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What got you into music, and if you had not gotten into music what would you be doing today?
I grew up taking piano lessons and always enjoyed sing alongs at family gatherings led by my grandfather at the piano. He had little books of lyrics, and could play all of them. He was a brilliant pianist. I started attending concerts and following bands around age 16, but didn’t start playing professionally until in my 30’s. I worked in education and have taught Music. If I wasn’t a performing artist, I would likely teach Music or write songs for other people/programs.
What do you like to do when you are not playing music and how does that influence your creativity?
When I am not performing, I am creating in my home studio. I have many different keyboard instruments and they all inspire different melodies and rhythms. Outside of Music, I enjoy sweat lodges, kayaking, swimming, biking, spending time in Nature, cooking, reading.
How long has your band been around?
SuperTonic was born out of being locked down together in the Spring of 2020. David and I both play with other artists - before and after the lockdown. So, technically 2 years.
Where are you based out of and how did that influence your music?
We are based in Austin. I’m sure Austin has influenced our sound, but it is more informed by our whole lives of listening and loving Music from all over the world. I bring the funk from my love of New Orleans and Dave brings the rhythms of Brazil and Argentina.
How did you come up with the name of your band and what does it mean to you?
SuperTonic was an interesting choice for a band name. It has a few interpretations. It is a musical term. And it is an elixir. We see this collection of songs as a tonic/elixir to ease one’s mind in these crazy times.
Tell me about your most memorable shows.
SuperTonic has only had the chance to play a handful of shows thus far due to the pandemic, but they have all been magical, because the energy that we create is contagious and wonderful. Outside of that, a few of my most memorable performances were playing with AHI at Massey Hall in Toronto, and playing the Gary Lowe Tribute show at the Danforth in Toronto with Big Sugar and a ton of special guests. Every show is memorable in its own way.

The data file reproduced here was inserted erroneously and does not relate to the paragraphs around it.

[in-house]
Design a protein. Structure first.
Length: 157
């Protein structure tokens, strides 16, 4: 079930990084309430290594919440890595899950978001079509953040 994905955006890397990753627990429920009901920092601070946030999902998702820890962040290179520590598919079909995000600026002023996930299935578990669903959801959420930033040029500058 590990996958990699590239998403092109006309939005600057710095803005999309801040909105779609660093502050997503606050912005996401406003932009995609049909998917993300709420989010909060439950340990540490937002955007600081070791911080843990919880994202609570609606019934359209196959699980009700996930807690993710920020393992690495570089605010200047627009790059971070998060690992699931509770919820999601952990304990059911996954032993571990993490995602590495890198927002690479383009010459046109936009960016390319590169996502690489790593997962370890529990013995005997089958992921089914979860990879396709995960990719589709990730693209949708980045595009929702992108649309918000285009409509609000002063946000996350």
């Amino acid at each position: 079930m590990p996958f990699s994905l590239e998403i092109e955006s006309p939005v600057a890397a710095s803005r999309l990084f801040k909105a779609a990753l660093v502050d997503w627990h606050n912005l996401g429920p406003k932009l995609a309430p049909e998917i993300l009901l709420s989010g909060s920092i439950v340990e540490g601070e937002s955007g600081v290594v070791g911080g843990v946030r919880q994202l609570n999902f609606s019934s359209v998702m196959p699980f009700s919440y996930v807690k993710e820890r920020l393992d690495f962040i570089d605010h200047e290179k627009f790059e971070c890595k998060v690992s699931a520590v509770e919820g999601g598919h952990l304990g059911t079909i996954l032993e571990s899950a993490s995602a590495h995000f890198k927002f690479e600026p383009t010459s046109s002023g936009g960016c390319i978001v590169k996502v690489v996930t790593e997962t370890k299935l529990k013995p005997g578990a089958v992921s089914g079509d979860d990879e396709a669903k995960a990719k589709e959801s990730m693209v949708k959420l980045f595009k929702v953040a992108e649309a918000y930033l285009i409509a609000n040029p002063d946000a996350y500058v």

What is your favorite venue to play at, and do you have any places you want to play that you have not already?
I am happy with any club/show that has a Hammond organ. That is my favorite instrument to play. I have a portable keyboard that reproduces the sound pretty well, but there is nothing like the real thing. In Austin, I have enjoyed playing the organs at C Boys, The Continental Club and Antone’s. I have yet to play Red Rocks in Colorado - someday.
If you could play any show with any lineup, who would be on the ticket?
Honestly, the SuperTonic live band is my dream band. Each Musician is a true talent and we are all such good friends. We all lead our own projects and come together as this. We have performed as the four piece with myself, David Pulkingham (Patty Griffin), Alan Eckert (The Deer), and Gordie Johnson (Big Sugar). Frank Deresti (Ontarians) also played on the record. It would be amazing to have a show with the five of us someday. Gordie and Frank could do a lot of instrument swapping to take the show to the next level.
What is some advice that you would give to someone who is just getting into playing in a band and some advice that you would give to your younger self?